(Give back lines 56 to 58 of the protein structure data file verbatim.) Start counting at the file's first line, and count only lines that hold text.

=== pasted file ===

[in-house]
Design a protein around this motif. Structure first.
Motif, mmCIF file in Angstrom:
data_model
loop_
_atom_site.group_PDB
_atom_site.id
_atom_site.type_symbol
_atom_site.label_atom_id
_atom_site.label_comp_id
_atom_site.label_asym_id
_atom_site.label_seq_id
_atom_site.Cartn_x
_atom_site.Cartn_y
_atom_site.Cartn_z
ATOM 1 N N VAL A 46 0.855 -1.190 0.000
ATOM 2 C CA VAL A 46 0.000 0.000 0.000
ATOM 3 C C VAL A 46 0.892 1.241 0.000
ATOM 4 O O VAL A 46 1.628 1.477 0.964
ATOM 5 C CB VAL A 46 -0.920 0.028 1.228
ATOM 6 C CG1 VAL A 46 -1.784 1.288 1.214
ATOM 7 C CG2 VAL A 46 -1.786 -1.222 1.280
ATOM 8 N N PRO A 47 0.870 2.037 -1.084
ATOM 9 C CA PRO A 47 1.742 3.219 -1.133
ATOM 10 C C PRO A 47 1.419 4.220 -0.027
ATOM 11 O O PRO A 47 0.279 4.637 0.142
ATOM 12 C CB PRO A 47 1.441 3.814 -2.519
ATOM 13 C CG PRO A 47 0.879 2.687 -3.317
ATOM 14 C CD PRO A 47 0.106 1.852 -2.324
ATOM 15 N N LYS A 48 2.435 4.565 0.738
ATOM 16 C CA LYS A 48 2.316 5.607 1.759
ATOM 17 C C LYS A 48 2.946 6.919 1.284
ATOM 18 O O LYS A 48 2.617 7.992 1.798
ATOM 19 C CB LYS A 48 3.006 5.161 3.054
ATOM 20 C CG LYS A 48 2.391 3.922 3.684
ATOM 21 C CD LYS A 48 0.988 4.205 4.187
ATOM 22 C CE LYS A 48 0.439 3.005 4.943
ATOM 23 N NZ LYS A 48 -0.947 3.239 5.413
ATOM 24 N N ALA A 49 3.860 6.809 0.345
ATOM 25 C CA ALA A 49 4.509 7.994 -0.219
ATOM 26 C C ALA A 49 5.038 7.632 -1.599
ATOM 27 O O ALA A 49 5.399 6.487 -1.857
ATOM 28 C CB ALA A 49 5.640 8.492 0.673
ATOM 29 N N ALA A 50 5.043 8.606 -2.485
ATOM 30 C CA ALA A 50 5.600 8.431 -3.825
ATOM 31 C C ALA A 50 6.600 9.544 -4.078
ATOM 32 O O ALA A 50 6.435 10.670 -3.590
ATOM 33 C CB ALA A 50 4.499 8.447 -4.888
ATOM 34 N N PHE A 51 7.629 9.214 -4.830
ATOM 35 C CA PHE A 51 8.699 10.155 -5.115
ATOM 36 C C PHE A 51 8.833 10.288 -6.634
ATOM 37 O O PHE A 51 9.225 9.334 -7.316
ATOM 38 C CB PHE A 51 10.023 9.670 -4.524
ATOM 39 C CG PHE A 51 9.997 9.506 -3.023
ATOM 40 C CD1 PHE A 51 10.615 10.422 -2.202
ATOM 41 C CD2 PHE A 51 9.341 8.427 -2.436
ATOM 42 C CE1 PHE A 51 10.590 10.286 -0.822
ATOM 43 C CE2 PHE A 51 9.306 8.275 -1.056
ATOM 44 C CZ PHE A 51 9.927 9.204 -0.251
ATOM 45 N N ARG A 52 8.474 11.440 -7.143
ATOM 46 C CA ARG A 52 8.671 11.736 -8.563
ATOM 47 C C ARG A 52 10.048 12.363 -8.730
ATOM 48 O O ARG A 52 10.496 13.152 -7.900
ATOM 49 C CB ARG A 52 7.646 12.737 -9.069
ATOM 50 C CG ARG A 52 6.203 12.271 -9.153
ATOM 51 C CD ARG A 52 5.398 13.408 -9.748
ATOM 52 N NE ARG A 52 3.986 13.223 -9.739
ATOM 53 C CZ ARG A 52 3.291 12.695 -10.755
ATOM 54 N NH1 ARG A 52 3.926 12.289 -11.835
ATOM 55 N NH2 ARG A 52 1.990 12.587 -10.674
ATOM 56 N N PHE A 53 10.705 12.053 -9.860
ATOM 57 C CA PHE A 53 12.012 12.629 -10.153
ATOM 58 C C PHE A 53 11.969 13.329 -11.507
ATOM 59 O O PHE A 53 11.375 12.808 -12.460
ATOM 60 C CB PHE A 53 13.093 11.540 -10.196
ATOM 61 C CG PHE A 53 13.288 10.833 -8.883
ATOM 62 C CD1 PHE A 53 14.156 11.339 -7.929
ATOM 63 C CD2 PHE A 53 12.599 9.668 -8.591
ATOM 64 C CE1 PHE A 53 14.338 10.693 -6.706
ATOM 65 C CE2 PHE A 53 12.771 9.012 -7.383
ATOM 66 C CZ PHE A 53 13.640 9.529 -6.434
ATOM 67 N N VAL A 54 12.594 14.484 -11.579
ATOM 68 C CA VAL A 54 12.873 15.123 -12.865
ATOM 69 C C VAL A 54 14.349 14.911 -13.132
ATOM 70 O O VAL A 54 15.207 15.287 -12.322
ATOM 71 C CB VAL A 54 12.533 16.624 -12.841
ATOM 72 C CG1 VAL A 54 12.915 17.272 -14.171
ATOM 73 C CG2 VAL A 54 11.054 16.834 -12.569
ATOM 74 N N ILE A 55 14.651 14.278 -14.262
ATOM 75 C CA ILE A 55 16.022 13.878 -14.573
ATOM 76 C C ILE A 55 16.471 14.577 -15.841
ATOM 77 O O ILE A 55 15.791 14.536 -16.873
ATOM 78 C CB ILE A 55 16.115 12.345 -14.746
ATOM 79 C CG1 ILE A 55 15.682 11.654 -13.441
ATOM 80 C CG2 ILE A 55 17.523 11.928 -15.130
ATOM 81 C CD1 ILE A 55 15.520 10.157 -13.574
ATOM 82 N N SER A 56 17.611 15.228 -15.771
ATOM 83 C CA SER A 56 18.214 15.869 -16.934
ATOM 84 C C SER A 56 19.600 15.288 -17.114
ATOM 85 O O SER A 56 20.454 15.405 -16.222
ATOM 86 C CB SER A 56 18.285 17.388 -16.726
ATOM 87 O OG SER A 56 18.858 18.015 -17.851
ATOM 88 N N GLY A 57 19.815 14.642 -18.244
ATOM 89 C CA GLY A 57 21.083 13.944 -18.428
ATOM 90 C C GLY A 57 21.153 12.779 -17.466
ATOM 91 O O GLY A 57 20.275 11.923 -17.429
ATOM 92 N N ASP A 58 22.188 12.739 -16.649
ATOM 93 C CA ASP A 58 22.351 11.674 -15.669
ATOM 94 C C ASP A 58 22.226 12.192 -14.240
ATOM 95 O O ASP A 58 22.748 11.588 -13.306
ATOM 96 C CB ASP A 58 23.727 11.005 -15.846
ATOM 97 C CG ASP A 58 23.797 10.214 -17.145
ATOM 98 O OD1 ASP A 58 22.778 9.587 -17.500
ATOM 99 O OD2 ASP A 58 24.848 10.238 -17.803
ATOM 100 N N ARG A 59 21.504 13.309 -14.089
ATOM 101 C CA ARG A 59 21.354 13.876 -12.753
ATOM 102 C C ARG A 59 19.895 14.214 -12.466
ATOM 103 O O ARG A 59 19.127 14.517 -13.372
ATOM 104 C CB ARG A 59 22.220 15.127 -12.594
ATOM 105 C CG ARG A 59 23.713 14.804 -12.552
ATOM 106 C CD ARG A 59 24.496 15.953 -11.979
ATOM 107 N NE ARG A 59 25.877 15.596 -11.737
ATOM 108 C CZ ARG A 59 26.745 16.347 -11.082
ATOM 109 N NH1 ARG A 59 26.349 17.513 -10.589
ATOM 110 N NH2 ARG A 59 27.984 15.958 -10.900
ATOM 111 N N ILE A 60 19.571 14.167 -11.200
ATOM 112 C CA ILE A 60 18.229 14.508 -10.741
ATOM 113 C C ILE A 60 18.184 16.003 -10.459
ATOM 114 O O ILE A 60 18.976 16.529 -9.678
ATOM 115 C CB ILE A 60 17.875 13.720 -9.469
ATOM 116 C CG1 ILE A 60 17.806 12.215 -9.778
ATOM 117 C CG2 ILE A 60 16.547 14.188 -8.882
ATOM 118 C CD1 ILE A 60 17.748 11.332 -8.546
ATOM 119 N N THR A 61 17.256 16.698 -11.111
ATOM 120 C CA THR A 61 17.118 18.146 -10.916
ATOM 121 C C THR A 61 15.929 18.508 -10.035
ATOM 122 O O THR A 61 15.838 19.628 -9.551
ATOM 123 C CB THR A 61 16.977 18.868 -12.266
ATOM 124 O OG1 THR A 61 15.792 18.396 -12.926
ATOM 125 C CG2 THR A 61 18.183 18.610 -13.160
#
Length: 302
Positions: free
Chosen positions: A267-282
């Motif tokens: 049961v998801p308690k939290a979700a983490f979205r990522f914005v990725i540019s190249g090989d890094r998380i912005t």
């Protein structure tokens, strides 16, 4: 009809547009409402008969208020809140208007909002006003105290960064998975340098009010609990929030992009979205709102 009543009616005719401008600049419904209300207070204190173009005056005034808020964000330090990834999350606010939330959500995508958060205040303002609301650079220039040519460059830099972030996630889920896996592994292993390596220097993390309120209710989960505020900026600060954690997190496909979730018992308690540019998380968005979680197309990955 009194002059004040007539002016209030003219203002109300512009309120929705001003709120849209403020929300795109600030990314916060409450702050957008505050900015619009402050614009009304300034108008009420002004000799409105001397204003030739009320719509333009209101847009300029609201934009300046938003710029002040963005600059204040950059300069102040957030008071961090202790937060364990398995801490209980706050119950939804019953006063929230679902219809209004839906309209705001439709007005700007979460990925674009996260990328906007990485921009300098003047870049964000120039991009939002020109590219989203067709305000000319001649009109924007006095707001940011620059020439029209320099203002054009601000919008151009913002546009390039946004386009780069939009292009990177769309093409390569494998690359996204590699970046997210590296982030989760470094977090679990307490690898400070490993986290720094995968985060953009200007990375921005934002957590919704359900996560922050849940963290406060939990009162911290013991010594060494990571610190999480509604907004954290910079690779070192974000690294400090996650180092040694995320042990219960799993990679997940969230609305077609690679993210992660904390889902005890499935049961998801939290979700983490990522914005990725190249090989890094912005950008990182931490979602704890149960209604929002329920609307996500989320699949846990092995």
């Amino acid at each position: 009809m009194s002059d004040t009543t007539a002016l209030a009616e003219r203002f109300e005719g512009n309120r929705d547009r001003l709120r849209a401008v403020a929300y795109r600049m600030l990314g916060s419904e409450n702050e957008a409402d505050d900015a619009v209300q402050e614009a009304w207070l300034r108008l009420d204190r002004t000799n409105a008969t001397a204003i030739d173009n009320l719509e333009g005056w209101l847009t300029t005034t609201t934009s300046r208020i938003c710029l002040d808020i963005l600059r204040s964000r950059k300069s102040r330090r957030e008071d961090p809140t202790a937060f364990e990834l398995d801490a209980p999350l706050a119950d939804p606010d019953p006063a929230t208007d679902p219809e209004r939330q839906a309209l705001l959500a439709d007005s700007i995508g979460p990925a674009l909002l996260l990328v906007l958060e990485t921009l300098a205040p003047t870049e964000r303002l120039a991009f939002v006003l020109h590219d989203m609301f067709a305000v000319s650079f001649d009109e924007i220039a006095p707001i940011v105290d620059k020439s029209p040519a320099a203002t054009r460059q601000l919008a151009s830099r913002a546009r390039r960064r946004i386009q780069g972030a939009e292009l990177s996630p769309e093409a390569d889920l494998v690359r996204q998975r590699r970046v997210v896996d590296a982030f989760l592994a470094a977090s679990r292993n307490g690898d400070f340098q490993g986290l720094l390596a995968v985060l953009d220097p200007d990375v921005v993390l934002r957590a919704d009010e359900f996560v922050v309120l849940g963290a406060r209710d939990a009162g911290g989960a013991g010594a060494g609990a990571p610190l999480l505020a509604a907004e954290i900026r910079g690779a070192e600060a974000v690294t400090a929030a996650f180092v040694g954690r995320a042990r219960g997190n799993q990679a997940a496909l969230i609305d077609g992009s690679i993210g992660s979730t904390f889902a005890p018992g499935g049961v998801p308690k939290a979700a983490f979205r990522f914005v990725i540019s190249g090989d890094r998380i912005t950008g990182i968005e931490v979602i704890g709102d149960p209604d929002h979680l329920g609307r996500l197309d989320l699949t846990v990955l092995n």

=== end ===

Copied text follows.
ATOM 41 C CD2 PHE A 51 9.341 8.427 -2.436
ATOM 42 C CE1 PHE A 51 10.590 10.286 -0.822
ATOM 43 C CE2 PHE A 51 9.306 8.275 -1.056